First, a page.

New borrowers are continuing to take larger mortgages in relation to their income and the value of their home, according to this year’s Swedish Mortgage Market, which is being presented today by Finansinspektionen (FI). FI also announces in the report that the temporary exemption from the amortisation requirement will end on 31 August.
New borrowers continue to take larger mortgages in relation to their income and the value of their home. At the same time, they have good margins for servicing their loans under weaker economic conditions.
Finansinspektionen has an assignment to promote the financial system’s contribution to sustainable development. The sustainability report outlines the current sustainability issues that are related to the financial sector and lists examples of what FI is working on in this area.
Young borrowers and borrowers with low income run a higher risk of experiencing payment problems when they take non-mortgage loans, even if they only borrow small amounts. At the same time, the risk that consumers will get trapped in debt decreases if credit providers conduct thorough credit assessments. These are the conclusions of a new analysis from Finansinspektionen that is presented in conjunction with this year’s consumer protection report.
Paying by invoice or with other credit-based offers is becoming an integral part of shopping online. Young adults are unique with their small margins and large number of payment reminders and collection notices. Unaffordable loans are a prioritised consumer risk in this year’s report.
Are the banks conducting thorough credit assessments when customers apply for consumer credit? Are smaller banks and payment service firms taking sufficient measures to prevent money laundering? What risks will the coronavirus pandemic pose in the future? These are three areas that Finansinspektionen (FI) will look more closely at in 2021.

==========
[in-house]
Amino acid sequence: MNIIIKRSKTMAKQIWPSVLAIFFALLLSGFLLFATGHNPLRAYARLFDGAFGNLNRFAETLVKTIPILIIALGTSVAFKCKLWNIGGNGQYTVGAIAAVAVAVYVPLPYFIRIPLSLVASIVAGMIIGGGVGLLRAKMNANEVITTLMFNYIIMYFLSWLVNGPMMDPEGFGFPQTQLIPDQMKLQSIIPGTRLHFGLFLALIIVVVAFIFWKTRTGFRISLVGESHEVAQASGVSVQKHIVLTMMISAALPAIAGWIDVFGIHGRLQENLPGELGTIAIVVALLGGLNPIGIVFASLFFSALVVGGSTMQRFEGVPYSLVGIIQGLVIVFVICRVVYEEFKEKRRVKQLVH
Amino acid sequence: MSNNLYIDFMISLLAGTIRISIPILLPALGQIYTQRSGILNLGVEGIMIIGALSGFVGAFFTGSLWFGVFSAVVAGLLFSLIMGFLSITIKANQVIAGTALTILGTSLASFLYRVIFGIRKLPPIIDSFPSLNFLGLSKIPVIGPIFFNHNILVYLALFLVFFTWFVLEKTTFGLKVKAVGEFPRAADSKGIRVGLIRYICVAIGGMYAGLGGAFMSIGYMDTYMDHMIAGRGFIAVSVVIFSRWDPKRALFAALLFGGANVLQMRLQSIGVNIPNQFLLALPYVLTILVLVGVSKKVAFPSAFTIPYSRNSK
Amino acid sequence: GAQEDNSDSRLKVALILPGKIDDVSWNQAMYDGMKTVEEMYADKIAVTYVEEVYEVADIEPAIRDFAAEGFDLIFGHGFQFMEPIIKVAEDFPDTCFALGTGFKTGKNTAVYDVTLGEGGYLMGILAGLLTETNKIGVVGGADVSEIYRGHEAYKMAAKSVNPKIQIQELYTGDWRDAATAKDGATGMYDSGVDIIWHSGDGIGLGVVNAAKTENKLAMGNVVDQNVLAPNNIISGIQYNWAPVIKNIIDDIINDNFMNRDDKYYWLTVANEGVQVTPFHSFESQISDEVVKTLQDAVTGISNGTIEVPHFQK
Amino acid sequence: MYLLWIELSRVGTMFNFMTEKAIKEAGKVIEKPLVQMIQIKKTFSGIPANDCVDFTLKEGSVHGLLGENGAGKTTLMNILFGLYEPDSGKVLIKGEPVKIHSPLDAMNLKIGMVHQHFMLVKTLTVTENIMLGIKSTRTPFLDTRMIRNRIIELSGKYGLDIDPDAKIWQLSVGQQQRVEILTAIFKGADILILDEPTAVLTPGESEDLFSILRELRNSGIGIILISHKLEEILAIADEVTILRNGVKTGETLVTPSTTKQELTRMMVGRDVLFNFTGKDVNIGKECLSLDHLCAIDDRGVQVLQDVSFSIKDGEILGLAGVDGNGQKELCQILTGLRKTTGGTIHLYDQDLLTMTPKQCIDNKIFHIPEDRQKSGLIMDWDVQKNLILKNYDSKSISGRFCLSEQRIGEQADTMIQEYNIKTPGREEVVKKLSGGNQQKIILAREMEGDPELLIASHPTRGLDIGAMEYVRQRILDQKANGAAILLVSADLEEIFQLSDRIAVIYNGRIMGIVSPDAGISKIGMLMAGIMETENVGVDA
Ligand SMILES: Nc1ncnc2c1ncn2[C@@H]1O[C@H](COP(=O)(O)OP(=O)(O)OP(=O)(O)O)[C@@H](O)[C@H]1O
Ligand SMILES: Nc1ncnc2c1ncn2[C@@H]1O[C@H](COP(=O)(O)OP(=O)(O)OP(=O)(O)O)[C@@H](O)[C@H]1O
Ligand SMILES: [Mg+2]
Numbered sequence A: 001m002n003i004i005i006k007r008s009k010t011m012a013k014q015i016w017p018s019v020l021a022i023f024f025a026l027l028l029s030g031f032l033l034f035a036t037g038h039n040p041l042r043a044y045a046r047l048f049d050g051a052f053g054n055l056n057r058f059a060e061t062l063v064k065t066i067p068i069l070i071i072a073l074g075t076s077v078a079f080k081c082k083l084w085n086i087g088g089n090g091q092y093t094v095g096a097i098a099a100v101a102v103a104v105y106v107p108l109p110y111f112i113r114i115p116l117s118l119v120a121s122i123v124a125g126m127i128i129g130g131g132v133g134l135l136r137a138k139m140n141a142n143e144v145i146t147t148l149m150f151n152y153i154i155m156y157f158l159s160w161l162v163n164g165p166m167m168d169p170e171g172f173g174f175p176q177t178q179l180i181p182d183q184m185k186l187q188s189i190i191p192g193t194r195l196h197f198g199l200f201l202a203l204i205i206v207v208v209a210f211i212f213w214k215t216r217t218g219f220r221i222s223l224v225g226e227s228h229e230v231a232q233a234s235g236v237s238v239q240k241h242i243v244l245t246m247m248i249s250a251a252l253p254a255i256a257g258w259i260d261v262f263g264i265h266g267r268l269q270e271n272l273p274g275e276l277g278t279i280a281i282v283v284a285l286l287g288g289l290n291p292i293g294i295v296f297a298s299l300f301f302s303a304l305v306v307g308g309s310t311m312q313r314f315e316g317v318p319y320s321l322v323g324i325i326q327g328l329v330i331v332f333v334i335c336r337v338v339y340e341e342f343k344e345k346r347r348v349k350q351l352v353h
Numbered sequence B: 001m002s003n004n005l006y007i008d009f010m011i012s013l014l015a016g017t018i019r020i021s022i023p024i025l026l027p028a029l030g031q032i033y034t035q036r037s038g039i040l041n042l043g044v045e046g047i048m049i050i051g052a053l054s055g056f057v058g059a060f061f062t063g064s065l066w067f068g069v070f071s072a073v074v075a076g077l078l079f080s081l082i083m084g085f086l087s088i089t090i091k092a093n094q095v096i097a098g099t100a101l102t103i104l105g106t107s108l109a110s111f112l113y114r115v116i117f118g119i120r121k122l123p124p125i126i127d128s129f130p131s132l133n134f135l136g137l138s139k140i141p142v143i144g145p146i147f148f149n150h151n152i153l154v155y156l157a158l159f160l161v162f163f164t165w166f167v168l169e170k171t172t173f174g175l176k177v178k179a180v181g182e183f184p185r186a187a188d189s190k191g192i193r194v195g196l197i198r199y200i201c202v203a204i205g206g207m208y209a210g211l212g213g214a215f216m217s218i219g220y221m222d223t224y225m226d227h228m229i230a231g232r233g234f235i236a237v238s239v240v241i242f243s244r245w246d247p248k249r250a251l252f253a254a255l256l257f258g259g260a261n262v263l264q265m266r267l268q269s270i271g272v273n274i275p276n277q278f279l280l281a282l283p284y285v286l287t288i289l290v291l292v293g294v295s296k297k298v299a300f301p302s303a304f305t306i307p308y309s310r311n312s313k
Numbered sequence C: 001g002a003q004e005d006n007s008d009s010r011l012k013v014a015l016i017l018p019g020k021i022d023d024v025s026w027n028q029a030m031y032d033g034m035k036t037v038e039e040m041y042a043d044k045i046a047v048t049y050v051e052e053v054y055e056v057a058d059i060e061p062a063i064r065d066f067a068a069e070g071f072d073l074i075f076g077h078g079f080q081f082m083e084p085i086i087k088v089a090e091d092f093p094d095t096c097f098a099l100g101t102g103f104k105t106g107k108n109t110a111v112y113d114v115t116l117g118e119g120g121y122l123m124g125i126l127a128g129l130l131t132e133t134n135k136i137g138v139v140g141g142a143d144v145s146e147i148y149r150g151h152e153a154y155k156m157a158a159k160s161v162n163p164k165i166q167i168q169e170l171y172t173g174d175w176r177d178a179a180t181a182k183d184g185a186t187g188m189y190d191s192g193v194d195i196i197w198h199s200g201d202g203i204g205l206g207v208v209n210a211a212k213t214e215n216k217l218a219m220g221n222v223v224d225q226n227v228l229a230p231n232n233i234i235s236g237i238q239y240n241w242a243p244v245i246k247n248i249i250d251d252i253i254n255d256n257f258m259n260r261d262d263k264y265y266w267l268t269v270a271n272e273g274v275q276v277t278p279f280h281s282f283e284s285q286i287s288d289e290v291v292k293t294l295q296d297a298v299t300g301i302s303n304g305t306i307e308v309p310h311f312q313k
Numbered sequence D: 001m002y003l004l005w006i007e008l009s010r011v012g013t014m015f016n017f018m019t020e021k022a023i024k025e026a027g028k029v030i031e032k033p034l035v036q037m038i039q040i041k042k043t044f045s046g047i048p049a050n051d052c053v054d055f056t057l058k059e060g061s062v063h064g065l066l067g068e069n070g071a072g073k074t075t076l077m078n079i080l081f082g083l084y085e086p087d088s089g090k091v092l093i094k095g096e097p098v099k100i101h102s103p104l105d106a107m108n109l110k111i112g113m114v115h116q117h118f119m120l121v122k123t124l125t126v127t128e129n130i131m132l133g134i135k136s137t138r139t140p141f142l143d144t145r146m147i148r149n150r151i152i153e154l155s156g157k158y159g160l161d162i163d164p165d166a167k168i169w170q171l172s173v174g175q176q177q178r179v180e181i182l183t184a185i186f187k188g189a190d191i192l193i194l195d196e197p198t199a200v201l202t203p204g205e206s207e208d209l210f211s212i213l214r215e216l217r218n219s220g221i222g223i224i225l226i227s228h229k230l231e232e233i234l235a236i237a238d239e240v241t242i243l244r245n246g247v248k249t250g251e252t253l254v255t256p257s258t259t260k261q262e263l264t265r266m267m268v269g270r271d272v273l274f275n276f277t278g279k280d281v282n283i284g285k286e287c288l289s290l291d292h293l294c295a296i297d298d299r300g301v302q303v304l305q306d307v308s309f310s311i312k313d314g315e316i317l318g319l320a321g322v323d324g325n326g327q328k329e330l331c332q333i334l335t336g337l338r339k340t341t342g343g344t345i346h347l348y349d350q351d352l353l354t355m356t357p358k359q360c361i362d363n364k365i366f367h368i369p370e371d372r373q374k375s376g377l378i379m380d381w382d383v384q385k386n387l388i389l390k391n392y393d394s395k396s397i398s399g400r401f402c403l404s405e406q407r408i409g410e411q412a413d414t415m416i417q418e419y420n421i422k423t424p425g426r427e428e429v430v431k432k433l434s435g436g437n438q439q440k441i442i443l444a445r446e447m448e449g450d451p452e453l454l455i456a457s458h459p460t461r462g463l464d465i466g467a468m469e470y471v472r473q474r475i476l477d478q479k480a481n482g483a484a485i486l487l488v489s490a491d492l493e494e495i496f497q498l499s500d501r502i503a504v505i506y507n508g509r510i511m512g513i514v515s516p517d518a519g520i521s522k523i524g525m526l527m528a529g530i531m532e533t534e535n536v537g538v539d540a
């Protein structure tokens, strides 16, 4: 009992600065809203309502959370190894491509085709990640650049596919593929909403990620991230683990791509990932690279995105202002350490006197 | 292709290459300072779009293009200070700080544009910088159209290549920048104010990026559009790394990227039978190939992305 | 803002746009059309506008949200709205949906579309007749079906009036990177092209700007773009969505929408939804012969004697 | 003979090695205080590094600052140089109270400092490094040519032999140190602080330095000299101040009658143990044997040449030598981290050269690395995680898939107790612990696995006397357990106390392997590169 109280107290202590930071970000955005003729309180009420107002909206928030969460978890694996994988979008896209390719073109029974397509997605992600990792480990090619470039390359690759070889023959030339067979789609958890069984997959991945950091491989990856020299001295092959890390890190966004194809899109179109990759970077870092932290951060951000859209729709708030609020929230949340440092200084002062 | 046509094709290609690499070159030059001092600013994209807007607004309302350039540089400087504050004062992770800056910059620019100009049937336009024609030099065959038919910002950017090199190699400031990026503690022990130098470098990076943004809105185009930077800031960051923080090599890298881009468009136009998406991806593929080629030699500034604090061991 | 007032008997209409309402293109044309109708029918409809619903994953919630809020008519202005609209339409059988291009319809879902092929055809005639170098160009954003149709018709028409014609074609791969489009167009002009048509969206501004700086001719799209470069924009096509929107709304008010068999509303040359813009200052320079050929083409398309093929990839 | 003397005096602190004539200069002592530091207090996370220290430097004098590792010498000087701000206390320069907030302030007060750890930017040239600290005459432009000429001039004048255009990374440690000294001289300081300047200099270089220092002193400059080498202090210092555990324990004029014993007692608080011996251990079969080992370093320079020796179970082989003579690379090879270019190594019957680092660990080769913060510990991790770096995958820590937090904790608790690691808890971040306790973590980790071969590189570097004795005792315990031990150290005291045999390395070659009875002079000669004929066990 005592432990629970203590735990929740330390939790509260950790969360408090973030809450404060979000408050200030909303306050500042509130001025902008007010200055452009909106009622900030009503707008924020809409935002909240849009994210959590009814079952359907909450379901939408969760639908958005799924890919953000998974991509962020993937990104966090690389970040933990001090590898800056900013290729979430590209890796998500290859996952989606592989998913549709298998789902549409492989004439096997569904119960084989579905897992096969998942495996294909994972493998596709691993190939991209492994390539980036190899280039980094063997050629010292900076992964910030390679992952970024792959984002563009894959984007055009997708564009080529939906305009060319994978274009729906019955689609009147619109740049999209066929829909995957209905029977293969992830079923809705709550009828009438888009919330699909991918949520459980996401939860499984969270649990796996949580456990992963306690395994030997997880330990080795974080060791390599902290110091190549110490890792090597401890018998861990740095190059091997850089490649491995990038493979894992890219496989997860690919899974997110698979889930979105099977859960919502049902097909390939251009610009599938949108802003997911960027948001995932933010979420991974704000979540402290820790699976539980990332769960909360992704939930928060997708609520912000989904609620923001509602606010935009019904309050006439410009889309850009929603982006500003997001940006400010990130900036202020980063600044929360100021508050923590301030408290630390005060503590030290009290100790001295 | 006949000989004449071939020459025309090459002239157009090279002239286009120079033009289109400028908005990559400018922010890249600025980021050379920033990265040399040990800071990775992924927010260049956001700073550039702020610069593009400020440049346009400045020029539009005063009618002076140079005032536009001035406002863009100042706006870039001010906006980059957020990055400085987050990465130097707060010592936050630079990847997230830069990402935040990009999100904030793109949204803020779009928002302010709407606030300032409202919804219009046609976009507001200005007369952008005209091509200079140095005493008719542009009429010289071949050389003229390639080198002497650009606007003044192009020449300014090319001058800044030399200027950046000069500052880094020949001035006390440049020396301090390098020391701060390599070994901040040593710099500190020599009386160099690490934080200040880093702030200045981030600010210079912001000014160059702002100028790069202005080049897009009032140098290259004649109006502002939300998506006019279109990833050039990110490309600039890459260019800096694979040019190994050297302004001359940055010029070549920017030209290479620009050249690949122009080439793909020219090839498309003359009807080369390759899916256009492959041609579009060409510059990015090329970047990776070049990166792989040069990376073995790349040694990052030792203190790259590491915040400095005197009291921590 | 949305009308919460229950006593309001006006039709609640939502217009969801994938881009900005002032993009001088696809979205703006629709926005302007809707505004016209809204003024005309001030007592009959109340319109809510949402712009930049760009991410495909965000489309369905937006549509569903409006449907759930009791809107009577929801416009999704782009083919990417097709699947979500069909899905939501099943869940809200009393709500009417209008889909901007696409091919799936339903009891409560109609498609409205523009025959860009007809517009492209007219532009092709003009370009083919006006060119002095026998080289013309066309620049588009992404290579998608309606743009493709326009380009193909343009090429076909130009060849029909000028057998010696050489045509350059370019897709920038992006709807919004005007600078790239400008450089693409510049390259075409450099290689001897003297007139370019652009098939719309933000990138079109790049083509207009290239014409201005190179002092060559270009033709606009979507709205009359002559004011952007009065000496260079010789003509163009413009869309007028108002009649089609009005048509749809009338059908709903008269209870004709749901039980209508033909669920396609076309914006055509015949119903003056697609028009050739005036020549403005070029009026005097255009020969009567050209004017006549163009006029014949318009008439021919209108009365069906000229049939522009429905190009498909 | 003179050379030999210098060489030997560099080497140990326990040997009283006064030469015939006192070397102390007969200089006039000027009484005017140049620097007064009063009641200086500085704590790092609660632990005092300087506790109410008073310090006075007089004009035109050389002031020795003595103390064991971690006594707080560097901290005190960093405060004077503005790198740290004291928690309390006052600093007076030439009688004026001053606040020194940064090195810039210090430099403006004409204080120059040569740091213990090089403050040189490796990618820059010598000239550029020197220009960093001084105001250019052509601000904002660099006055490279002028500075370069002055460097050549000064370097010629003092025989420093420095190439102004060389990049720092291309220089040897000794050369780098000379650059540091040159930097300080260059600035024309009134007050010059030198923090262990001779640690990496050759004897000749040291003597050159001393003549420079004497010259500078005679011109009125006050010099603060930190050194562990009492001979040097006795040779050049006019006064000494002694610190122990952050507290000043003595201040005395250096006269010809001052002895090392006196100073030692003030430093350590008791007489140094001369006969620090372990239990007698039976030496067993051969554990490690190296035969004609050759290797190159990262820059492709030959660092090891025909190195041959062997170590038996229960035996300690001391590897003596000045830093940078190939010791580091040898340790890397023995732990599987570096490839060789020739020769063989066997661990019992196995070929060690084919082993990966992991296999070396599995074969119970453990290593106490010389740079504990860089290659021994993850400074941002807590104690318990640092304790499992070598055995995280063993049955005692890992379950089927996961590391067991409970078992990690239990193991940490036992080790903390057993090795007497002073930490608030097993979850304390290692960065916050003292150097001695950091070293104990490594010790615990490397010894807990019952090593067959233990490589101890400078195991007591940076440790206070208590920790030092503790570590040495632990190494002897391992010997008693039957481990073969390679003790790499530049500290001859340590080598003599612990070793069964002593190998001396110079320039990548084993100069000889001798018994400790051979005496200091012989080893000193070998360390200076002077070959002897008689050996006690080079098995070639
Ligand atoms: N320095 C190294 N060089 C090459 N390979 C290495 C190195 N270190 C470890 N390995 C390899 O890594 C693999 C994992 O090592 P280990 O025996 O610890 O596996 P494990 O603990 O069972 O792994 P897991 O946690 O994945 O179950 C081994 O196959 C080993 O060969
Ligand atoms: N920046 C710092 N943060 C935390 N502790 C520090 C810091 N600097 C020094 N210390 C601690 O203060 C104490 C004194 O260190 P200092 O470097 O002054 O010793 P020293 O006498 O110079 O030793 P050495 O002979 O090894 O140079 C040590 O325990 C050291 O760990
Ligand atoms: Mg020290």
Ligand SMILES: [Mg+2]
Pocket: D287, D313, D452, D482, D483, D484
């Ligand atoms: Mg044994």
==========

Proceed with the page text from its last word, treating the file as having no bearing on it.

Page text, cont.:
Consumer protection, money laundering and risks that the coronavirus pandemic may pose in the future are three areas that FI will look more closely at in 2021.
Activities that constitute “terrorist financing” are described in the Money Laundering and Terrorist Financing (Prevention) Act (the Anti-Money Laundering Act).
The tax rebate for interest expenses – the interest deduction – means that households borrow more, and can and want to pay more for homes. This means that the households experience an increase in both their liabilities and assets, which in turn could have an impact on the stability of the financial system. In this FI Analysis, we calculate the impact of a change to the interest deduction. The reason for this analysis is the direct link between interest deductions and households’ loans.
Even though consumer credit only constitutes a small portion of households’ total credit, the interest rate and amortisation payments for these credits amount to more than half of the households’ total debt service payments. The analysis also shows that individual consumers are having difficulty paying for their consumer credit. Overall, this means that the consumer credit market could impact many households, which makes it important for consumer protection on the financial markets.